3. Reduce Your Overhead
By all accounts, giving trends are down and will continue to fall.
Churches with top-heavy staffing, excessive mortgages and high maintenance bills will find themselves buried under their increasing weight in the coming decades.
If local congregations, denominations and parachurch ministries hope to survive, they need to get to work on
- Getting out of debt (including mortgage)
- Reducing the percentage of paid staff
- Training and empowering volunteers to lead and serve
- Sharing expenses with other churches and ministries
- Making bivocational ministry the new normal
and anything else that can reduce the financial burden of church maintenance.
4. Rethink Your Building
Until very recently, if someone wanted to start a business, the first thing they did was find or build a store, office, warehouse, or other physical structure.
Today, the rule is to avoid the encumbrance of a physical building for as long as possible. Churches need to do the same.
If your church doesn’t have a building, don’t be in a hurry to buy one. Stay nimble as long as possible.
If you own a building – especially if you’re one of the growing number of churches that own a too-big building for your shrinking congregation – be relentless about finding creative ways to utilize the space as often as possible.
For many of our churches it’s Use It Or Lose It time. As in, use the building or lose the church; facility, people ... everything.
5. Work With Strategic Partners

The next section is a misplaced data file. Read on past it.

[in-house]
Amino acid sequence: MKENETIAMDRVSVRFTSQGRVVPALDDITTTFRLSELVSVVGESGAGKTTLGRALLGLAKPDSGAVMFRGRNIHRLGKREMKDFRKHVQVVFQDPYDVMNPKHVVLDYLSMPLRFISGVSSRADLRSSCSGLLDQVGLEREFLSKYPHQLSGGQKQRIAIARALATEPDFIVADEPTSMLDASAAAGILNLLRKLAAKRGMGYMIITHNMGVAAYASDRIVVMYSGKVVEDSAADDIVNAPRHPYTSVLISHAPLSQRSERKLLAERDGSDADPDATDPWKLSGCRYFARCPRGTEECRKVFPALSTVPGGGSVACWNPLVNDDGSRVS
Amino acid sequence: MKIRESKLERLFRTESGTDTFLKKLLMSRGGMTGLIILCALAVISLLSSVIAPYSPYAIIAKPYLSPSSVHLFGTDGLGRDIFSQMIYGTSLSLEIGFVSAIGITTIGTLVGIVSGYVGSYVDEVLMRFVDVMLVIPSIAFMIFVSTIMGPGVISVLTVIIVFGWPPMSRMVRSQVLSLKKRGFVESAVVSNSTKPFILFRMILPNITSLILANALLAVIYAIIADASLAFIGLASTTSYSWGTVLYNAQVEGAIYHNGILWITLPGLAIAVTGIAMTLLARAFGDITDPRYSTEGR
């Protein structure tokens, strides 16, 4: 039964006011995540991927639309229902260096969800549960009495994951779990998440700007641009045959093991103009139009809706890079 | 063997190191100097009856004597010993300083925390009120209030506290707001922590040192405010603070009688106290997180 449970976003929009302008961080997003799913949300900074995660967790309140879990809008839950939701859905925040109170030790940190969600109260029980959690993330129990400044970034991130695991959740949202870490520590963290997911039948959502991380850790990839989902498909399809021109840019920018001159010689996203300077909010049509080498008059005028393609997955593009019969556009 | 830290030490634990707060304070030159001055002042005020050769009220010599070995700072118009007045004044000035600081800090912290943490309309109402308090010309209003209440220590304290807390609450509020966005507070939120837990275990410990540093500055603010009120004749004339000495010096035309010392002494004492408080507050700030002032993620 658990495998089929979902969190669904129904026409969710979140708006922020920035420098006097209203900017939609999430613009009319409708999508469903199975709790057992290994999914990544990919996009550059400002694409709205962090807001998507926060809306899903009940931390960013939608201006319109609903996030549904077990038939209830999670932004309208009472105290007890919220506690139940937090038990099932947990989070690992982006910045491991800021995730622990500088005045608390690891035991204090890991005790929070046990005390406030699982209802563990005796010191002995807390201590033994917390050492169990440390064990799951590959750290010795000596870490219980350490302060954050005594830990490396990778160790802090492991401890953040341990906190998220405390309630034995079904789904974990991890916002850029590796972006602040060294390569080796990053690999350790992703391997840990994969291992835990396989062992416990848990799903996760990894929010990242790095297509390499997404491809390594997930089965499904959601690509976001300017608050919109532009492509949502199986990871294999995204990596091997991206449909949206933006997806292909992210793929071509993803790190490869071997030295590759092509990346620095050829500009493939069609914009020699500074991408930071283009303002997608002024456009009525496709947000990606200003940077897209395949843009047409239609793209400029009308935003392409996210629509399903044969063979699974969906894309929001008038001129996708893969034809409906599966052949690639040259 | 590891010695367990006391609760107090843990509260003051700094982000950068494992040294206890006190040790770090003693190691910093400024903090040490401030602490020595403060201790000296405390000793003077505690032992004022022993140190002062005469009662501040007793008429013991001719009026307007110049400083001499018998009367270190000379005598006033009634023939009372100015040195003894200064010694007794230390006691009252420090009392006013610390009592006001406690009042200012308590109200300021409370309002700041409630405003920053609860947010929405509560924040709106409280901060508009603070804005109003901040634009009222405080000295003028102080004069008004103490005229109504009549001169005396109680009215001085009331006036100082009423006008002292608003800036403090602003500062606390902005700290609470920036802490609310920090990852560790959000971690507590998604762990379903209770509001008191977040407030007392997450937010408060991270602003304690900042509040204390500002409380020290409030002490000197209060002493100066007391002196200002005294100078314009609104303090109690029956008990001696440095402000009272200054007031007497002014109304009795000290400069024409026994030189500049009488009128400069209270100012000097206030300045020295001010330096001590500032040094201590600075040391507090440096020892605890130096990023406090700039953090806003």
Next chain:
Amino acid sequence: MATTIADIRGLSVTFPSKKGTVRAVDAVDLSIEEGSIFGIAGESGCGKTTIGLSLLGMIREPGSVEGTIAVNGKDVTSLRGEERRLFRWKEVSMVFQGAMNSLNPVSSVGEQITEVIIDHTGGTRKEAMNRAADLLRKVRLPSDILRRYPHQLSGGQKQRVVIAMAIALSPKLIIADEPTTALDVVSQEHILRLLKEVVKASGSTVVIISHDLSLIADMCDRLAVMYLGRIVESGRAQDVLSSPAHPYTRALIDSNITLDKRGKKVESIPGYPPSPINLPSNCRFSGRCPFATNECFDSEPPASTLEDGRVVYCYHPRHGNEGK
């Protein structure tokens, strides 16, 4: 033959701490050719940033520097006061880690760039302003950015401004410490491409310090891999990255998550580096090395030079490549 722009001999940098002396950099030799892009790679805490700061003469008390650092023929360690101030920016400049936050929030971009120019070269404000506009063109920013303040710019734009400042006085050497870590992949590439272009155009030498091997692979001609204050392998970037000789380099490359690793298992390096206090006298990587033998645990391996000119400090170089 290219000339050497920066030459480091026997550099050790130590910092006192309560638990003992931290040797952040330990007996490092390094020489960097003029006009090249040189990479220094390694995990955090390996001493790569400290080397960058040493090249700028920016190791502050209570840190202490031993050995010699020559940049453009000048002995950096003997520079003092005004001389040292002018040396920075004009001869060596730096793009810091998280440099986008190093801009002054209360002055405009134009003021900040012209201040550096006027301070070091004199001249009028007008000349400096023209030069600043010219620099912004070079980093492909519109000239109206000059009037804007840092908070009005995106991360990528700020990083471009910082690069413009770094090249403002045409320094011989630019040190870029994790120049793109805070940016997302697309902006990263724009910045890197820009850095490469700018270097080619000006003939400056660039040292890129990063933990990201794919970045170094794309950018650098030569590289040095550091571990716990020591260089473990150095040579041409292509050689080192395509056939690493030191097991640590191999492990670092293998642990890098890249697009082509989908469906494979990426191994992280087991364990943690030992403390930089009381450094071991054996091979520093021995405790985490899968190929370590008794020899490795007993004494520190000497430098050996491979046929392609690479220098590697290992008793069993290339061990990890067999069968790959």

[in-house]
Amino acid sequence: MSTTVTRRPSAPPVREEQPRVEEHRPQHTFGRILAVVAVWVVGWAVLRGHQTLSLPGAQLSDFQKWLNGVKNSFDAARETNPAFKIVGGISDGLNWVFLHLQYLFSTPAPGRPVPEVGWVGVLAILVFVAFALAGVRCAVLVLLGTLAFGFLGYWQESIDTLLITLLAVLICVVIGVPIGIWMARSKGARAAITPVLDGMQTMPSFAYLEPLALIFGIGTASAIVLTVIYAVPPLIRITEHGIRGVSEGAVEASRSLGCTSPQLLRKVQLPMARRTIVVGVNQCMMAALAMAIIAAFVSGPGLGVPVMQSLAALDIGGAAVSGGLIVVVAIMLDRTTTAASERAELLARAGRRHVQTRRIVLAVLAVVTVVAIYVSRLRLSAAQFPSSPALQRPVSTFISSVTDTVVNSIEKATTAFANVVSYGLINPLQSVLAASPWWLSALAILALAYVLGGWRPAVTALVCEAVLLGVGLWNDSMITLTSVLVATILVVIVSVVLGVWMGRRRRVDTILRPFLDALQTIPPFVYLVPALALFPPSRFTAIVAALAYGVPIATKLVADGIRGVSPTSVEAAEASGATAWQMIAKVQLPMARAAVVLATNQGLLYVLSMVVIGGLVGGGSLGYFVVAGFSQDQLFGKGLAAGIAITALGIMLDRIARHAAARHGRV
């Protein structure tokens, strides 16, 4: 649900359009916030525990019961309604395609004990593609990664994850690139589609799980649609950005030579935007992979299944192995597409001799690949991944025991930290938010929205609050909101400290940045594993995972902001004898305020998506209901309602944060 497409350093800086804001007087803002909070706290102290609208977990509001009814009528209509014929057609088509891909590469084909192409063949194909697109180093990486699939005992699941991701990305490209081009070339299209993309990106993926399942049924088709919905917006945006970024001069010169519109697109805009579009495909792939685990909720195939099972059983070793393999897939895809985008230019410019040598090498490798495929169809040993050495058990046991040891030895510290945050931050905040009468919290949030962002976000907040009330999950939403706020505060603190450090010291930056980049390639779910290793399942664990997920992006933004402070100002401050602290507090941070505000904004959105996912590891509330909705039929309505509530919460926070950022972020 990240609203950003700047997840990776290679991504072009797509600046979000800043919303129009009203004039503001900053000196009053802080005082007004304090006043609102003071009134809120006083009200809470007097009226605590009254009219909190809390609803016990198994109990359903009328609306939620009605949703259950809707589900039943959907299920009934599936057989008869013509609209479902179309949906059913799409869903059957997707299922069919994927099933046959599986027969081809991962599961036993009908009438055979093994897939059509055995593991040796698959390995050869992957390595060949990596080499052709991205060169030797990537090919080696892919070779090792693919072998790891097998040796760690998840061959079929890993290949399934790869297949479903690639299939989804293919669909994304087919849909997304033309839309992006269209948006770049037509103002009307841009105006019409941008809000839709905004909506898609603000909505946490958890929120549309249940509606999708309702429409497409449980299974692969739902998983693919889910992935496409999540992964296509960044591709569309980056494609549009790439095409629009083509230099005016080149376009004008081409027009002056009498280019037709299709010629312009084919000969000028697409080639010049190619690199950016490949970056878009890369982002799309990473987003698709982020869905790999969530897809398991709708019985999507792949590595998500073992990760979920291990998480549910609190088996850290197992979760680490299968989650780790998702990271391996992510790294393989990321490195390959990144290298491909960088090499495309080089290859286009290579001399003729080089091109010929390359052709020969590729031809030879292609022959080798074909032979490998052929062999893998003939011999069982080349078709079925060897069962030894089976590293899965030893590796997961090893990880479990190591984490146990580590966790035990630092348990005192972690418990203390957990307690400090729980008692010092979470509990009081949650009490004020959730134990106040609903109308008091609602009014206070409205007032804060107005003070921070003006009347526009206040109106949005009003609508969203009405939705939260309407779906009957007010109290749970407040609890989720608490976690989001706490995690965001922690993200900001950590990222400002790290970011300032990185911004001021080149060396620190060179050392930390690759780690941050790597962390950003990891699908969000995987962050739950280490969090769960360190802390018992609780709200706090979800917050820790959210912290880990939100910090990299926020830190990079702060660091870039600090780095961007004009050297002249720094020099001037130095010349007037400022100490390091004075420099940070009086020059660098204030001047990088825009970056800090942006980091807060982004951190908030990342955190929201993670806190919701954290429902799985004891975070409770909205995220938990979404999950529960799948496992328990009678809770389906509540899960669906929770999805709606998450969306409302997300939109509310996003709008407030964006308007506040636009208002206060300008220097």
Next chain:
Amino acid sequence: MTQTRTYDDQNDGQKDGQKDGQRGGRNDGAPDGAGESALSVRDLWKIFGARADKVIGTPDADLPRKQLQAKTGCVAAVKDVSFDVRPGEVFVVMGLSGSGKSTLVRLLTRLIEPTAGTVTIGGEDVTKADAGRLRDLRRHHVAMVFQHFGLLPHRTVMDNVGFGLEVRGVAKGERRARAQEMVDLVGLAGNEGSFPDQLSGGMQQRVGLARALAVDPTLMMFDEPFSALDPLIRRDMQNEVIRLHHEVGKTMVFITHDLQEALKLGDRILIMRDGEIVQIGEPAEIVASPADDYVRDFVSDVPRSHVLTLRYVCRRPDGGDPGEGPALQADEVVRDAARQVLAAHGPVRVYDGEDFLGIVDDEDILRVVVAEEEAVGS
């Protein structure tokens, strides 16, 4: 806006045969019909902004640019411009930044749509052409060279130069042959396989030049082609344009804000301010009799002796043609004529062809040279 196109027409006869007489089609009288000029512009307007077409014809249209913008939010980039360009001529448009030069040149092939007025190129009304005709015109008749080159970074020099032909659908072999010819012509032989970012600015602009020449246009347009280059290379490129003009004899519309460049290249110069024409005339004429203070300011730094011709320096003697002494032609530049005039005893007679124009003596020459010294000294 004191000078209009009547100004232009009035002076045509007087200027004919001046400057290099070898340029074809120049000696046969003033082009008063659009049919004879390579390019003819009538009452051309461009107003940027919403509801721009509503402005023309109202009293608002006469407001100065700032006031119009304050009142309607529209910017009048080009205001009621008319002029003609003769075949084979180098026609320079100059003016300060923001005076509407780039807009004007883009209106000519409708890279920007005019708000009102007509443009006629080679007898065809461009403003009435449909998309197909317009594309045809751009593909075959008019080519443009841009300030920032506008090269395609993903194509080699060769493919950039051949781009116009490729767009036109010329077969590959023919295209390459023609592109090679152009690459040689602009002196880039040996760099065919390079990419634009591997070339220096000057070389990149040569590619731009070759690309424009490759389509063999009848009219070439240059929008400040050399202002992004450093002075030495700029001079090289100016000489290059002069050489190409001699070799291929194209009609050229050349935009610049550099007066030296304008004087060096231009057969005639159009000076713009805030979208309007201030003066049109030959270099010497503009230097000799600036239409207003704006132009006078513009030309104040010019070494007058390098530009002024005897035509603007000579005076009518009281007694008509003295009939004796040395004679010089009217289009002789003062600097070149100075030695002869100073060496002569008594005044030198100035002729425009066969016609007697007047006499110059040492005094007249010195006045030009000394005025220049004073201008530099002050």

In many places, smaller churches are banding together – even across denominational lines – to share resources, think strategically, mend old wounds, and minister to their shared community.
In addition, there is a small, but growing network of parachurch organizations that are increasingly willing to come alongside local churches for little or no money to share everything from outreach ideas, to administrative assistance, to graphic design and more.
Start by asking around on social media. You may be surprised what you’ll find. Or start a network yourself. It’s easier to do now than it’s ever been.
6. Engage Your Community
Churches must stop being identified by the location of their building and start being recognized for the passion of their heart.
A church that’s known as “the people who love kids (or addicts, or single moms)” has a much higher likelihood of thriving and surviving than the church that’s known as “the old building on the corner of First and Main.”